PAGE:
Re “Don’t blame the media,” Opinion, Jan. 10
You have to admire a public thinker who, in print, changes his mind. Max Boot shows intelligence and courage in distancing himself from his original perception that media “bias toward sensationalism distorted public understanding of the war.” He now directs our attention to those truly responsible for creating bias -- people in “the upper echelons of the administration and the armed forces.”
We need more thinkers like Boot, who are not knee-jerk adherents of either the left or right.
Boot has engaged in the most classic liberal counterpunches at conservatives, and I’m angry. He uses the tried-and-true method of opinionating that a duck isn’t a duck, really. History has shown that the media defeated this country in Vietnam, and it is doing absolutely everything it can to defeat us in Iraq, including doctoring photos and releasing top secrets to the enemy.
Also, please advise Boot that the term “MSM,” or mainstream media, is no longer in fashion. His and The Times’ ilk are now referred to as the “enemedia.” I hope the Internet brings an end to the old guard print media.
Boot is now an unparalleled defender of the journalistic press corps. The Times’ biggest Bush cheerleader says we shouldn’t have given such credence to the president and his staff; that instead we should have listened to the reporters on the ground and that they are being unfairly vilified by the right. So now it’s opposite day in Boot’s world -- the sky is green, the grass is blue, President Bush is wrong and Boot is the defender of the MSM. How Orwellian can you get? Ignorance is bliss.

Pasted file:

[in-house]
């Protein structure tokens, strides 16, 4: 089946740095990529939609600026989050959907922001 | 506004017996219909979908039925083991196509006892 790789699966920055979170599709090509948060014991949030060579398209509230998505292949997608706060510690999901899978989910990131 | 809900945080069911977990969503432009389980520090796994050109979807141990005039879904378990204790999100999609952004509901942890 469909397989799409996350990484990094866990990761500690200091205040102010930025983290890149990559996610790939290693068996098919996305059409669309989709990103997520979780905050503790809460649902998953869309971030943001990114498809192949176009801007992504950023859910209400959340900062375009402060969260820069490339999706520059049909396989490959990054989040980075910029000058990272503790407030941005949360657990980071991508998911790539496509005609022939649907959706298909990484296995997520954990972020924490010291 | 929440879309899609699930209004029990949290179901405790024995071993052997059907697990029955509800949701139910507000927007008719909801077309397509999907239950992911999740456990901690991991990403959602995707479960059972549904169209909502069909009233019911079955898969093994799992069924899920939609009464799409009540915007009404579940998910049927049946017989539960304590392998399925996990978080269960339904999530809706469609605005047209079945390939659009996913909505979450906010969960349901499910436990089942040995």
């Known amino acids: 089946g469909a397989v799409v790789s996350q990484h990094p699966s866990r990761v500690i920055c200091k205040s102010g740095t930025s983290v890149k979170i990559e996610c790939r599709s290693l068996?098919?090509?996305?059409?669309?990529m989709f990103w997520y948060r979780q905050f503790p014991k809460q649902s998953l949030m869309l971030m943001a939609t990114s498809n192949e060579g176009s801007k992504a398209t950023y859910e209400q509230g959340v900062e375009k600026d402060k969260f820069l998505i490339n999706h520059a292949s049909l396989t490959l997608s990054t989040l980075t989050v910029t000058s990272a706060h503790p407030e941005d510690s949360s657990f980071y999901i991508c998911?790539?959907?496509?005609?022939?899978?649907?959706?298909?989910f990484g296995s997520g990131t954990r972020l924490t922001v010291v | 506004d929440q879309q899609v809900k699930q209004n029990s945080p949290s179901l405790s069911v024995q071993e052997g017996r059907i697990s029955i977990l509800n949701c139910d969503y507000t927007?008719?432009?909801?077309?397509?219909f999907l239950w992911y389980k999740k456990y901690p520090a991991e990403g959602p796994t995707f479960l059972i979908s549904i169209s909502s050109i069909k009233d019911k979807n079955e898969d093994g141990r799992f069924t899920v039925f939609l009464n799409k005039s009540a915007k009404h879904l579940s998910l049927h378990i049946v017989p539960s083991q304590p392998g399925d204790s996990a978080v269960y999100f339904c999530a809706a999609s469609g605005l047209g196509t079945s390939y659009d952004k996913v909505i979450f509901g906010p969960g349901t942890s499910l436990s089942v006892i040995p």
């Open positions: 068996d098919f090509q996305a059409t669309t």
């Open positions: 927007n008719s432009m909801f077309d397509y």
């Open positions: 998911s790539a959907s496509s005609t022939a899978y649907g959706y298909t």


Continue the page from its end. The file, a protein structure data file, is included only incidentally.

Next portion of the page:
SCOTT W. HUGHES
There’s no doubt the Bush administration sent troops to Iraq based on faulty intelligence and second-rate planning. But Congress must share in the blame too, for giving the president the right to proceed. That’s the short answer for those who opposed the war from its inception and do so today.
But what of those who were originally against the war but changed their minds and decided that being rid of Saddam Hussein wasn’t such a bad idea? For some of us, the idea of a defeat in Iraq is most unappealing. I’d shorten Boot’s definition of the administration’s goals in Iraq to “a free and democratic Iraq.”
For that to happen, the U.S. might consider one of former National Security Council advisor Brent Scowcroft’s prescriptions: “Withdrawing combat troops should not be a policy objective, but rather, the result of changes in our strategy and success in our efforts.”
Blaming the media, the president or others for failure in Iraq is a waste of time. It’s just a way to set up a boogeyman.